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December 13, 2023 | EmploymentNew York

What To Do When Your Employer Refuses To Pay You in New York

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Ellie Sanders

Graduate Law Clerk

Unpaid wages can create financial strain and stress for employees.  If you find yourself in a situation where your employer refuses to pay you in New York, an experienced employment attorney can advise you on your rights and the legal avenues available to seek recourse.

What Constitutes Unpaid Wages in New York State?

In New York, unpaid wages encompass more than just an employee’s hourly or salaried income.  Unpaid wages also include failure to pay overtime and tips, making payments below the minimum wage, and requiring off-the-clock work.

Wage Theft Prevention Act

The Wage Theft Prevention Act (WTPA) protects employees in New York from wage theft.  Wage theft occurs when an employer does not fully pay an employee for the work the employee has performed.  Enacted in 2011, the WTPA requires that all private employers provide employees written notice of:

  • Rate or rates of pay, including overtime rate of pay (if it applies);
  • How the employee is paid: by the hour, shift, day, week, commission, or other;
  • Regular payday;
  • Official name of the employer and any other names used for business;
  • Address and phone number of the employer’s main office or principal location;
  • Allowances taken as part of the minimum wage (tips, meal and lodging deductions); and
  • The notice must be given both in English and in the employee’s primary language (if the Labor Department offers a translation). The Department currently offers translations in the following languages: Spanish, Chinese, Haitian Creole, Korean, Polish and Russian.

Further, the WTPA requires employers to furnish wage statements (or paystubs) to their employees on the day of payment.  To comply with the law, the wage statement must state:

  • The name, address, and phone number of the employer;
  • The dates that are covered in the pay period;
  • The regular and overtime hours that the employee worked;
  • The rate of pay for both regular and overtime hours;
  • An indication of whether the employee is paid weekly, hourly, daily, or by another method;
  • The net and gross wages for the pay period; and
  • An itemized list of credits and allowances that the employer claims per pay period.

The WTPA ensures transparency and empowers workers to recognize and challenge any discrepancies in their compensation.  Employers failing to comply with the WTPA face civil penalties, interest, and damages, on top of the employee’s unpaid wages.

Statute of Limitations For Filing an Unpaid Wage Claim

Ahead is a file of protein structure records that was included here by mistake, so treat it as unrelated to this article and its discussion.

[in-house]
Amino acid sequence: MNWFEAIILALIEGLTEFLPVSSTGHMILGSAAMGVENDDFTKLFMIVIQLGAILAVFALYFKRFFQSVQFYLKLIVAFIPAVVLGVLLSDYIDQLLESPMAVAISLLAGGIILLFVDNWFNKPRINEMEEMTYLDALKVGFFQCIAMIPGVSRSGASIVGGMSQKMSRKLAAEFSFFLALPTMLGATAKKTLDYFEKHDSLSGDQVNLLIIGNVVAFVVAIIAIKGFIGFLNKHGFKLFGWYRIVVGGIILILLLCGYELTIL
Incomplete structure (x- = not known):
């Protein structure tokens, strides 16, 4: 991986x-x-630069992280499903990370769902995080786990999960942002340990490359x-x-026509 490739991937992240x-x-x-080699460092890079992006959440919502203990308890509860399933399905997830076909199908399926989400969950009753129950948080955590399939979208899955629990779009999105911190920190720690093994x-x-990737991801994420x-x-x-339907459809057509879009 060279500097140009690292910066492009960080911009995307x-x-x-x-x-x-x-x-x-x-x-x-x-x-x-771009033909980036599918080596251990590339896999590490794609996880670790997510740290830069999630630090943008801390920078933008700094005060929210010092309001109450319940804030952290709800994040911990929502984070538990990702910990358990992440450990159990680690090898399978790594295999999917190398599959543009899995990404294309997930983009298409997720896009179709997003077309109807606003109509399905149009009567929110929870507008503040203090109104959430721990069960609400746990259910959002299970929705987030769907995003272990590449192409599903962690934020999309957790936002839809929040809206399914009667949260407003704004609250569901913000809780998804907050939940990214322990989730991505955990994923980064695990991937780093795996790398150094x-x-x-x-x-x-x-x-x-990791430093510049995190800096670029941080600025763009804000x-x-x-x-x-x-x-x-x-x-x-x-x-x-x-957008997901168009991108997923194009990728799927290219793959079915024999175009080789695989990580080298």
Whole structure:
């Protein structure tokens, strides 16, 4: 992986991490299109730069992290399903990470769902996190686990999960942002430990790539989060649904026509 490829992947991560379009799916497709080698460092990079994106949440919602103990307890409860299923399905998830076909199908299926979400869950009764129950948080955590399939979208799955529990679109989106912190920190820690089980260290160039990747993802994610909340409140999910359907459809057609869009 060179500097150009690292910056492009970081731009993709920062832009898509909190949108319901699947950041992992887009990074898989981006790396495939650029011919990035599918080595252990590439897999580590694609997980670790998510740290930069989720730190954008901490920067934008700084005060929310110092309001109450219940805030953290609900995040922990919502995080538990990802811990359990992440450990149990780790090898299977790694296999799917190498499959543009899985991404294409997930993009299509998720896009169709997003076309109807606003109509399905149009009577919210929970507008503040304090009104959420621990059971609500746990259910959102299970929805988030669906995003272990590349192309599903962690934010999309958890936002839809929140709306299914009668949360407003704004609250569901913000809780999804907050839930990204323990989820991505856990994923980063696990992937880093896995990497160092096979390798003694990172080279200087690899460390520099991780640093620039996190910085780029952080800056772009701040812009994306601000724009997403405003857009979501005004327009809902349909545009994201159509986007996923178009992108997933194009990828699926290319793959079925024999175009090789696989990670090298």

It’s critical to be aware of the statute of limitations when pursuing unpaid wage claims in New York.  Generally, employees have six years to file a claim for unpaid wages in New York.

What Steps Should You Take To Recover Unpaid Wages?

If your employer refuses to pay you in accordance with the law, consider the following steps to best position yourself for recovery of your unpaid wages:

  • Document everything: Keep records of your hours worked, pay stubs, and any communication with your employer.
  • Discuss the issue: Communicate with your employer about the unpaid wages to resolve the matter amicably.
  • Consult an attorney: Seeking legal advice can help you understand your rights and explore potential legal actions.
  • File a complaint: If discussions fail, you may want to file a complaint with the New York State Department of Labor or the federal Department of Labor to hold your employer accountable.

Protection From Retaliation

New York law protects employees from retaliation for asserting their rights under wage and hour laws.  If you take steps to recover your unpaid wages, your employer cannot retaliate against you.  If you face adverse actions such as termination, demotion, or harassment after taking such steps, you may have a retaliation claim against your employer, in addition to a wage theft claim.

Conclusion

If you find yourself facing unpaid wages in New York, remember that you have rights and legal avenues for recourse.  Contacting an employment attorney can provide guidance tailored to your situation.  For further guidance on wage theft and other employment-related issues, reach out to a member of our team for next steps.

 

Photo by Emil Kalibradov on Unsplash
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